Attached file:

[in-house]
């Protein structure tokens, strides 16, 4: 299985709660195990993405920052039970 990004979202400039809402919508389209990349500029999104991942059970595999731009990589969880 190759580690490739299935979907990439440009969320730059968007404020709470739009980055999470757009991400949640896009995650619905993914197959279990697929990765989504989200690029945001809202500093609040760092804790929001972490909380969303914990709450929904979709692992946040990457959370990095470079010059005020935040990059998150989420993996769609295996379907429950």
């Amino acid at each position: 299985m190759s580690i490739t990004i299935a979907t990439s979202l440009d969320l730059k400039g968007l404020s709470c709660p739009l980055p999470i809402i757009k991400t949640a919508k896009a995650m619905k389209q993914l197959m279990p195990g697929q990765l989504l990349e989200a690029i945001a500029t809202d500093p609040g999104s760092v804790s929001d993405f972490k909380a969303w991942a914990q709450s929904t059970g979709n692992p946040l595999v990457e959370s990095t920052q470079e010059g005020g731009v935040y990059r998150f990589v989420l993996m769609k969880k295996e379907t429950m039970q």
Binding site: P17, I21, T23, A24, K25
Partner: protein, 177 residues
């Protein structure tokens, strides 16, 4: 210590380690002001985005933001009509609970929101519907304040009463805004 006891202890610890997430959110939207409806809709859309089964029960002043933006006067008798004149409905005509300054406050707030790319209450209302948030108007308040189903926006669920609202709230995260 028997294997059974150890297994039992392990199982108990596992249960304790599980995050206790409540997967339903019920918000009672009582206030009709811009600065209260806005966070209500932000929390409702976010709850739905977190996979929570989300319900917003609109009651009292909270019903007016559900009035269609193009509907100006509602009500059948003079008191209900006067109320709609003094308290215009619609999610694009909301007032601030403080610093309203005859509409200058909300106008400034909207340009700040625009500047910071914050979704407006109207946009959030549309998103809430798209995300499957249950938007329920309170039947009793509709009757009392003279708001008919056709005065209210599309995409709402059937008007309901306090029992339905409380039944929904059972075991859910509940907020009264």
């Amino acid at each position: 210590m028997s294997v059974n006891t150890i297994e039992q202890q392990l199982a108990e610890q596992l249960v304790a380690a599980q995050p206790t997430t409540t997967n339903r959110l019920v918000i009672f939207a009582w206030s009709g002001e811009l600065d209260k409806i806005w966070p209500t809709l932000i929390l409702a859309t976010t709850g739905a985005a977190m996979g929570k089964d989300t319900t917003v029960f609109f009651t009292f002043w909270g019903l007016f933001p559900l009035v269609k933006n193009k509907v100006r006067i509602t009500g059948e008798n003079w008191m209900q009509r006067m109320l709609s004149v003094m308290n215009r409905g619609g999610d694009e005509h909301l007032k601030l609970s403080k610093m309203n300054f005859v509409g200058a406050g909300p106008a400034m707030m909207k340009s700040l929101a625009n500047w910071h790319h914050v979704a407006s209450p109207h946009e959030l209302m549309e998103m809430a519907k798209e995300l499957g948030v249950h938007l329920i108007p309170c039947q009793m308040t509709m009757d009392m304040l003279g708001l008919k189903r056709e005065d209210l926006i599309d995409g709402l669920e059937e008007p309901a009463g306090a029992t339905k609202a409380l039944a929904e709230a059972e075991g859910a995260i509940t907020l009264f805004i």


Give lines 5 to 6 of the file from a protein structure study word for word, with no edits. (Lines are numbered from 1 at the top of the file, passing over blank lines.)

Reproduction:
Partner: protein, 177 residues
């Protein structure tokens, strides 16, 4: 210590380690002001985005933001009509609970929101519907304040009463805004 006891202890610890997430959110939207409806809709859309089964029960002043933006006067008798004149409905005509300054406050707030790319209450209302948030108007308040189903926006669920609202709230995260 028997294997059974150890297994039992392990199982108990596992249960304790599980995050206790409540997967339903019920918000009672009582206030009709811009600065209260806005966070209500932000929390409702976010709850739905977190996979929570989300319900917003609109009651009292909270019903007016559900009035269609193009509907100006509602009500059948003079008191209900006067109320709609003094308290215009619609999610694009909301007032601030403080610093309203005859509409200058909300106008400034909207340009700040625009500047910071914050979704407006109207946009959030549309998103809430798209995300499957249950938007329920309170039947009793509709009757009392003279708001008919056709005065209210599309995409709402059937008007309901306090029992339905409380039944929904059972075991859910509940907020009264």